The problem here is that when our character stops because of the pause in the curve, we will see him in a "frozen" pose with a foot on the ground and the other in the air.

Figure 75. Having a rest in the walk

To fix this little problem we will use the NLA window. What we have to do is to insert the "STAND_STILL" action, this is a pose where our character is at rest. I have defined this action as only one frame by erasing all displacements and rotations of the bones. (See Clearing Transformations), and then moving a couple of bones to get a "resting" attitude.

Since the pause is from frame=78 to frame=112 we should insert this "still" action exactly there for it to perfectly fit the pause. For the animation doesn't start nor end briskly we can use the BlendIn and BlendOut options, where we can set the number of frames used to blend actions and in this way doing a more natural transition between them. In this way the character will smoothly change its pose and everything will look fine. If we do use a BlendIn or BlendOut value, to be set in the NKEY dialog, then we should start the action BlendIn frames earlier and finish it BlendOut frames later, because the character should be still moving while changing poses.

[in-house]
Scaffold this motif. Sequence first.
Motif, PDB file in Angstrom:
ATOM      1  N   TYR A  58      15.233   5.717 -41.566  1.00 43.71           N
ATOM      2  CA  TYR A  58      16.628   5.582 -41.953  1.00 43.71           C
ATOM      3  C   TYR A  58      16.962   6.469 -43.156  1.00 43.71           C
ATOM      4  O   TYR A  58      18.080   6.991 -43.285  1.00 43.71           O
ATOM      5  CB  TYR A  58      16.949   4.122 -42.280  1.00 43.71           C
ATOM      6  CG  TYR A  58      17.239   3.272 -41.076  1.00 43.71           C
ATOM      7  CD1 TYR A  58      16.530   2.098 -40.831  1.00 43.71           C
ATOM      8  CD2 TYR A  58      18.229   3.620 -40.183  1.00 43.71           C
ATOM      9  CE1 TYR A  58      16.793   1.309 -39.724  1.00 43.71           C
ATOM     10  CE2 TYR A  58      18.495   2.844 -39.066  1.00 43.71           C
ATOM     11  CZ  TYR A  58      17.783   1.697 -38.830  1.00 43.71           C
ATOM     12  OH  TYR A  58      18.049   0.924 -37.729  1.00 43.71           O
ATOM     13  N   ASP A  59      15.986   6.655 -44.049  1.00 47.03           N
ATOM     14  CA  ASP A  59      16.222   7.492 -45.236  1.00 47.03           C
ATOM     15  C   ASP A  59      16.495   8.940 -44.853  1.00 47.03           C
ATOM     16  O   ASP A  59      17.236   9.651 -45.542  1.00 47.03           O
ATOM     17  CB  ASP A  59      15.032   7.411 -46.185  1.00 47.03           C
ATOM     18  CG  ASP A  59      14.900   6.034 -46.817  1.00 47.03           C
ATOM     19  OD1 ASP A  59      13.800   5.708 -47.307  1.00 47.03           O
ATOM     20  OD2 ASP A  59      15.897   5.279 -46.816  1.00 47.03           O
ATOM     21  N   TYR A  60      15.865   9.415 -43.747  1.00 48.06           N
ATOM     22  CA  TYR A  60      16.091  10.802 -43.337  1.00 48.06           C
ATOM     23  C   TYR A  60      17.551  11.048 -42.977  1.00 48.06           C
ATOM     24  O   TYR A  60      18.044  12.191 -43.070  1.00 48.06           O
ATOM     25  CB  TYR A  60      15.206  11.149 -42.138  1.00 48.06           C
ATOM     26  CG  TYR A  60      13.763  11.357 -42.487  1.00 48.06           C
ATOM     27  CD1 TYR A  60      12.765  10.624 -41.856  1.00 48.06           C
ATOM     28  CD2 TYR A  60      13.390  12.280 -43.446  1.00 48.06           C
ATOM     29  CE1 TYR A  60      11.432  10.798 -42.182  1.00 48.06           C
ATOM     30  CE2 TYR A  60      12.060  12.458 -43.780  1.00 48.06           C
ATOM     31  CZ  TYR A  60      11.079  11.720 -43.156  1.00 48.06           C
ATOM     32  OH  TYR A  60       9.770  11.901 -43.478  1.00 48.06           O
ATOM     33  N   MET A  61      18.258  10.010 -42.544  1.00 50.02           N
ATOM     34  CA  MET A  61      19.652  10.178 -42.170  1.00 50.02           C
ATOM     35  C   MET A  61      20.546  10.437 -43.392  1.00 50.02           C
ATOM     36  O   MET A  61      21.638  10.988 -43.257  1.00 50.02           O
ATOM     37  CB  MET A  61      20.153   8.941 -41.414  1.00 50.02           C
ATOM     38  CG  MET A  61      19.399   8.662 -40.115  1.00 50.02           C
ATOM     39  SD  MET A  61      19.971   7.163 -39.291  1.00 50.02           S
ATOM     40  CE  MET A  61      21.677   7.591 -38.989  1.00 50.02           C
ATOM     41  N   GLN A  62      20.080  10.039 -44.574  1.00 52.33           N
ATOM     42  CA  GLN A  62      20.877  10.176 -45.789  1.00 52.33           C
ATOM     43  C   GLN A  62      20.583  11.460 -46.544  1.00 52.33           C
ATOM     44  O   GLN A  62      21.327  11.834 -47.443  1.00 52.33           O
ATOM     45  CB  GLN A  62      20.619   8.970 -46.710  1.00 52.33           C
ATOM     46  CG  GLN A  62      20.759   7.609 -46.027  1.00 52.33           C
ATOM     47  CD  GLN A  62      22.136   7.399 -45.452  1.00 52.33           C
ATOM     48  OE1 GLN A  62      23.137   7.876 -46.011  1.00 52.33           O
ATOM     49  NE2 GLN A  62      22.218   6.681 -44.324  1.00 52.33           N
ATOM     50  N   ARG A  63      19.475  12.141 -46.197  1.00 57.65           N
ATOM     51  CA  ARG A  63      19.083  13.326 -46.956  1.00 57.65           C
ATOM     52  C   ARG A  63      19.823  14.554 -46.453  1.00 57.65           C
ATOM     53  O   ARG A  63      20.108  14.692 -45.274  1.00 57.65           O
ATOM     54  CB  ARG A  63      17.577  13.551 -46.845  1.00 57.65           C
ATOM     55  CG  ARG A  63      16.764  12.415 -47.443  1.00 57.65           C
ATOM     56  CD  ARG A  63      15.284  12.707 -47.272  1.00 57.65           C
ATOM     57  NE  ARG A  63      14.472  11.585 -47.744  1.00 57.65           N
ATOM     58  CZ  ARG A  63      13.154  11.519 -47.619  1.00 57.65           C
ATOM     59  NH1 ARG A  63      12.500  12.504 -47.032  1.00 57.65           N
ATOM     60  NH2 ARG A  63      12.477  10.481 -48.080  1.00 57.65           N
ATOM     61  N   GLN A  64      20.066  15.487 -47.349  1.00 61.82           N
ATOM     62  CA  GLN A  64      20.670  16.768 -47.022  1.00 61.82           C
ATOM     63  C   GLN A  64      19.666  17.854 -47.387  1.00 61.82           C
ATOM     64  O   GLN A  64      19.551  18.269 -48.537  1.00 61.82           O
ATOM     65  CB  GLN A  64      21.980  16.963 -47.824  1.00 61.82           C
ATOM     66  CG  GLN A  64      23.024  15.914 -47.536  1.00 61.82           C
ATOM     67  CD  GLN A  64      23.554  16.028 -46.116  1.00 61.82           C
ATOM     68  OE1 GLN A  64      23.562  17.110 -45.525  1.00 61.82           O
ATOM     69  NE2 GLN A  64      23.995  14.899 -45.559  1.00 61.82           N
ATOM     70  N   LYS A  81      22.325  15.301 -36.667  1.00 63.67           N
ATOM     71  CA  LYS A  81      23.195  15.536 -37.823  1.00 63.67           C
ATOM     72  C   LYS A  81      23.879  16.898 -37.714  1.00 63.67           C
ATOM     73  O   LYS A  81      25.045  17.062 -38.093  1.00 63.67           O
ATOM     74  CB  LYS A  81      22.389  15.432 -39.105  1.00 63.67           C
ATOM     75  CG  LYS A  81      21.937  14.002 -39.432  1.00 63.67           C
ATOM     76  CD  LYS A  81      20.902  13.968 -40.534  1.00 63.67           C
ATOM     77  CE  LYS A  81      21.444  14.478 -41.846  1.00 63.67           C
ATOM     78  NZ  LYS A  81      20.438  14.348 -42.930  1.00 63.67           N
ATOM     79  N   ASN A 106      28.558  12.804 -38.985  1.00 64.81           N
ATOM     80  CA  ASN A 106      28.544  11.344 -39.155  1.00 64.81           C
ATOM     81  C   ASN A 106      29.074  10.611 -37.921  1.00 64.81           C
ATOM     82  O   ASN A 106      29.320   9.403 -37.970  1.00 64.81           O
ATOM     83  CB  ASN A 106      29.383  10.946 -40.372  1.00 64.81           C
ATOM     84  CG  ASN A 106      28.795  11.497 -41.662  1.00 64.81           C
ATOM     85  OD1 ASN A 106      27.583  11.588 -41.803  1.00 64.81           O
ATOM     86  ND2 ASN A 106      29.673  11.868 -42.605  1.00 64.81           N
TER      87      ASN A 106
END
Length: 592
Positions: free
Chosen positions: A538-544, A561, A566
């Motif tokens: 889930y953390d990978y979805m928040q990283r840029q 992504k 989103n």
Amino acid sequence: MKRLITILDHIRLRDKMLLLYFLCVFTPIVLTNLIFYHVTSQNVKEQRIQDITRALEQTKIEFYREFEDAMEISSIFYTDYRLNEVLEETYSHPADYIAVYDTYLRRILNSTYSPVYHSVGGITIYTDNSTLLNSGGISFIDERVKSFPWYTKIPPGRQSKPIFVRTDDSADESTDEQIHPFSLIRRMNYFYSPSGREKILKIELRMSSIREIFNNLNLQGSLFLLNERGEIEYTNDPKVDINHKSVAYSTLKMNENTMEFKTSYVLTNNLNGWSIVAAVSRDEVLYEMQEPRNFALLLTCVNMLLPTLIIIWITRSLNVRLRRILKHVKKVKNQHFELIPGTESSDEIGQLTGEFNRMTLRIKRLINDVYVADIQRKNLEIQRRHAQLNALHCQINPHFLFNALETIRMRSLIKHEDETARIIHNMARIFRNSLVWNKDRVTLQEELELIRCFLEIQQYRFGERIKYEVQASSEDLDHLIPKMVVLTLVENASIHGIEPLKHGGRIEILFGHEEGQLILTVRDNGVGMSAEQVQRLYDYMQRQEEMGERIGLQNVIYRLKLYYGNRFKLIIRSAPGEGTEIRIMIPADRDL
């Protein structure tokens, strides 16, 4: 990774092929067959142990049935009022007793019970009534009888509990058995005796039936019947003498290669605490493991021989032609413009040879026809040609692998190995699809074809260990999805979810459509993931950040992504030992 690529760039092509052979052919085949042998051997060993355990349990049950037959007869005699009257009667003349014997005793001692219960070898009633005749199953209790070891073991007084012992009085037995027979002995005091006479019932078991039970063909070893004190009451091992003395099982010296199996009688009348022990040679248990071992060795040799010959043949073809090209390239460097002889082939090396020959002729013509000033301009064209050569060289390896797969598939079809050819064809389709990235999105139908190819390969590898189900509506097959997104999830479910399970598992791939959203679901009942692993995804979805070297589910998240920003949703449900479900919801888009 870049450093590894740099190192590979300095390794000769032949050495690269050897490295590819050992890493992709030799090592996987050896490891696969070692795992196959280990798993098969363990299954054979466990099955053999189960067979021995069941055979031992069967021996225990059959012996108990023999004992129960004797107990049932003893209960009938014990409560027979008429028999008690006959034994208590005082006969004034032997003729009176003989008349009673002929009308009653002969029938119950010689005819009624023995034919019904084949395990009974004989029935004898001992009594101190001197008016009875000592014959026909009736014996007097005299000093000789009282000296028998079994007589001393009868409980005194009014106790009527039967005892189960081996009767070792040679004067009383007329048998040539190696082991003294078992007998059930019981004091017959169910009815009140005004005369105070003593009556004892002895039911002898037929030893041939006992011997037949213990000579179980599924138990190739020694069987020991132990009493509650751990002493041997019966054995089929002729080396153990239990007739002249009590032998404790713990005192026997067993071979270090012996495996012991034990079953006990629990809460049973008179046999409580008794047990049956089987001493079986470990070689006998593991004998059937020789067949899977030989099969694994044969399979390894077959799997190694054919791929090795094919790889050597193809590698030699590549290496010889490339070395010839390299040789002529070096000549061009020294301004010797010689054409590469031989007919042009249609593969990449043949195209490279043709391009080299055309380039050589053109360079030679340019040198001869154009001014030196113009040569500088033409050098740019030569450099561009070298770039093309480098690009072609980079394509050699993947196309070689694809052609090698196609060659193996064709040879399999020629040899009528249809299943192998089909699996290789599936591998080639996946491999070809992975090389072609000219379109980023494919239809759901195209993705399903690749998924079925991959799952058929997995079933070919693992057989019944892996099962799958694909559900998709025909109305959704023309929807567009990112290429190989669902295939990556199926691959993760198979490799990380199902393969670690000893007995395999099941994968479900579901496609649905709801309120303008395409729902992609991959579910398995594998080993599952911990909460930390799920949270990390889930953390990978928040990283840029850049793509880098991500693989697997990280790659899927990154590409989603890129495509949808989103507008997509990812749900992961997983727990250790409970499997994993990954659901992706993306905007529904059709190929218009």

We can of course combine different walkcycles in the same path as for instance change from walking to running in the higher speed zone.

In all these situations we will have to bear in mind that the different effects will be added from one NLA strip to the precedent strips. So, the best option is to insert the walkcycle and still strips before any other.

Moving hands while walking